Drug trafficking is a global illicit trade involving the cultivation, manufacture, distribution and sale of substances which are subject to drug prohibition laws.
As the United Nations Office on Drugs and Crime (UNODC) World Drug Report 2017 clearly shows, there is much work to be done to confront the many harms inflicted by drugs, to health, development, peace and security, in all regions of the world. An estimated quarter of a billion people, or around 5 per cent of the global adult population, used drugs at least once in 2015. Even more worrisome is the fact that about 29.5 million of those drug users, or 0.6 per cent of the global adult population, suffer from drug use disorders. Globally, there are an estimated minimum of 190,000 — in most cases avoidable — premature deaths from drugs, the majority attributable to the use of opioids, not counting deaths from drug-related diseases like HIV and hepatitis C.
Recent attention has focused on the threats posed by methamphetamine and new psychoactive substances (NPS). However, the manufacture of both cocaine and opioids is increasing. These drugs remain serious concerns, and the opioid crisis shows little sign of stopping. As we have seen with the NPS market, drug use, supply, trafficking routes and the substances themselves continue to shift and diversify at alarming speed.
|Main opiate trafficking flows
||Main cocaine trafficking flows
|Main methamphetamine trafficking flows
||Main ecstasy trafficking flows
The World Drug Report 2017 further looks at the links with other forms of organized crime, illicit financial flows, corruption and terrorism. It draws on the best available evidence and, most of all, highlights the fact that much more research needs to be carried out in these areas. Corruption is the great enabler of organized crime, and opportunities for corruption exist at every stage of the drug supply chain. However, too little is known about how different types of corruption interact with drug markets. There is concern about terrorist groups profiting from drug trafficking, among other forms of transnational organized crime. It is well established that there are terrorists and non-State armed groups profiting from the drug trade — by some estimates, up to 85 per cent of opium poppy cultivation in Afghanistan is in territory under influence of the Taliban. Relations between organized crime and terrorists groups are always evolving, much like drug markets themselves.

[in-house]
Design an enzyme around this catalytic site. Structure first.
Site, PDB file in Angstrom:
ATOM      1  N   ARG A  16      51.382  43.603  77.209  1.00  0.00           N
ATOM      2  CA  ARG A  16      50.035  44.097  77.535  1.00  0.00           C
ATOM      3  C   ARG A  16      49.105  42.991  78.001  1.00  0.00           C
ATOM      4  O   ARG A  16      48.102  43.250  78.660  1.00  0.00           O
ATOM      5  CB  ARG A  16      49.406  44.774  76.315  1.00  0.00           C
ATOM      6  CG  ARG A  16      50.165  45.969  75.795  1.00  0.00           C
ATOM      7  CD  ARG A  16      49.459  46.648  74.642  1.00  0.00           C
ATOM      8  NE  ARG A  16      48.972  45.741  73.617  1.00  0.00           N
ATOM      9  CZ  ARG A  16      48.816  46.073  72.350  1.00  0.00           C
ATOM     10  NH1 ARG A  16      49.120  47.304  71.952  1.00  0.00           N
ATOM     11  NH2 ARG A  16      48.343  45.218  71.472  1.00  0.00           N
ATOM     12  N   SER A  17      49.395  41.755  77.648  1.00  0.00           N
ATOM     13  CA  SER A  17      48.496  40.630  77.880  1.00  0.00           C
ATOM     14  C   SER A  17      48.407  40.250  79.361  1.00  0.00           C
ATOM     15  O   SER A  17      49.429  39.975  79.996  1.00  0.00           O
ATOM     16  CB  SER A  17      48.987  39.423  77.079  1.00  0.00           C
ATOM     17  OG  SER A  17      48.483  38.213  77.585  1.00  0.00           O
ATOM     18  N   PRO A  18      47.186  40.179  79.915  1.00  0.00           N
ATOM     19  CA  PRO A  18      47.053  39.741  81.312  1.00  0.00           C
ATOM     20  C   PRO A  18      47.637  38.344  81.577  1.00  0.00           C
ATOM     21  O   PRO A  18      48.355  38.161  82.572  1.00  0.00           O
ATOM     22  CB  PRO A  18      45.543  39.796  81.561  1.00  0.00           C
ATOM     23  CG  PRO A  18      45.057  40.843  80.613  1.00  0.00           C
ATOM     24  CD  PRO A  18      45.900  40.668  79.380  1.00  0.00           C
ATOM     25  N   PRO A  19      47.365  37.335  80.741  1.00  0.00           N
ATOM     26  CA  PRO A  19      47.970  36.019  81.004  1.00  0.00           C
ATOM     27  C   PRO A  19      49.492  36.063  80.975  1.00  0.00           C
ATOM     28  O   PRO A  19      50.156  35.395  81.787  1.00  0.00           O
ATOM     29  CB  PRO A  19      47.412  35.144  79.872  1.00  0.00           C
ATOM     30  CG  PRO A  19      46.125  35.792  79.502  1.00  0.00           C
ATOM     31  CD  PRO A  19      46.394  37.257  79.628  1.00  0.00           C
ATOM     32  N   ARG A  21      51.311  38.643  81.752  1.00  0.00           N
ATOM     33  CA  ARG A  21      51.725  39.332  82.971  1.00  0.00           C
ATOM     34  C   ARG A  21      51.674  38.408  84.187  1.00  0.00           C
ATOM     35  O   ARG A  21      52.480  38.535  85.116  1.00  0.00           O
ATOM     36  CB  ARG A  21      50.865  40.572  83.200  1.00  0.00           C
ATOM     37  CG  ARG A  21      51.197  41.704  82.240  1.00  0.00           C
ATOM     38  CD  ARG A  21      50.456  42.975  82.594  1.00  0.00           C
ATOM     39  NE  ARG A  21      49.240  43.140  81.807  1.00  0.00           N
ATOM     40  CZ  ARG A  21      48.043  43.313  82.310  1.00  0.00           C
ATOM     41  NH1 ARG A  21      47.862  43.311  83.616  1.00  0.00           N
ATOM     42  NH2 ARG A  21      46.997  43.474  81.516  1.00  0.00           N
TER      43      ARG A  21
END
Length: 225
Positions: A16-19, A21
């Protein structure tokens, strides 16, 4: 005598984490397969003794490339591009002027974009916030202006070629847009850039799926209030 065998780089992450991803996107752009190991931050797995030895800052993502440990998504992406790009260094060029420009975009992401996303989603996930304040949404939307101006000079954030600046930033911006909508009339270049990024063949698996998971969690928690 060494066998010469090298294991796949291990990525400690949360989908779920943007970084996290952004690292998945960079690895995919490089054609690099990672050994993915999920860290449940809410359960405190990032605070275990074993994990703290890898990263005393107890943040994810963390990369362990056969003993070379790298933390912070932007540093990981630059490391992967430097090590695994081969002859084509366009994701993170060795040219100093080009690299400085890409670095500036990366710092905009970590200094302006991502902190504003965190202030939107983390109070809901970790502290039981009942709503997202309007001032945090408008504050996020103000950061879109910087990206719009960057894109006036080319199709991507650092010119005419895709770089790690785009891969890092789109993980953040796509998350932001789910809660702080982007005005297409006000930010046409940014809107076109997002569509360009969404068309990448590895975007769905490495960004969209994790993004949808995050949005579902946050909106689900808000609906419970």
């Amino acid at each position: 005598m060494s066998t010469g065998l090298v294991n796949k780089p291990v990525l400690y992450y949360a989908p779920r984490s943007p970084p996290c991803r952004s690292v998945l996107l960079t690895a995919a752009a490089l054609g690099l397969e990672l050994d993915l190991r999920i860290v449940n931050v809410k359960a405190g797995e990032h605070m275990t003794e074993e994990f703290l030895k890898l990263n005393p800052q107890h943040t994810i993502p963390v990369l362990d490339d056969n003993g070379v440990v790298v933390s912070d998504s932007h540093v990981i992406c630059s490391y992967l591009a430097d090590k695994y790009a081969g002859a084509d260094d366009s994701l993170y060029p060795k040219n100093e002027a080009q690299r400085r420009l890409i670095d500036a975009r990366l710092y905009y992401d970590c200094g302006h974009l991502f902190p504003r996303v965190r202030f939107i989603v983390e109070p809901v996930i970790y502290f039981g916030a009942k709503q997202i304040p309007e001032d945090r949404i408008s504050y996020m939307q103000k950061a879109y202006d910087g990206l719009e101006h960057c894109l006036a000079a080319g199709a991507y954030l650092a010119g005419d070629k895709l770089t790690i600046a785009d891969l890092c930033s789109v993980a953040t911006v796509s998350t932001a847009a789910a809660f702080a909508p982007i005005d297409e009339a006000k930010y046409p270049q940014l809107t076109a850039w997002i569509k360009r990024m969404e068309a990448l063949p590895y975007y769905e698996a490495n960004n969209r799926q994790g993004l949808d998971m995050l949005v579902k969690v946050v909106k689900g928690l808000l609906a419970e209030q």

Drugs continue to represent a major source of revenue for organized crime networks, but business models are changing, with criminals exploiting new technologies, such as the darknet, that are altering the nature of the illicit drug trade and the types of players involved, with looser, horizontal networks and smaller groups becoming more significant. New ways of delivering drugs further point to the need to involve other sectors, such as postal services, in the fight against drug trafficking. Organized crime groups have widened their portfolio of illicit activities. New crime areas such as cybercrime and environmental crime have emerged. Almost two thirds of drug trafficking groups operating in countries in the European Union are involved in more than one crime area, according to research by the European Police Office (Europol), and that figure has been rising for years. Drug trafficking groups in Europe are frequently also involved in the counterfeiting of goods, trafficking in human beings, smuggling of migrants and trafficking in weapons. In 2014, transnational organized crime groups across the globe were estimated to have generated between approximately one fifth and one third of their rev- enues from drug sales.
Europol identified some 5,000 international organ- ized crime groups operating in countries in the European Union in 2017, and estimated that more than one third were involved in drug trafficking. This makes drug trafficking more widespread across organized crime than organized property crime, smuggling of migrants, trafficking in human beings, excise fraud or any other illicit activity.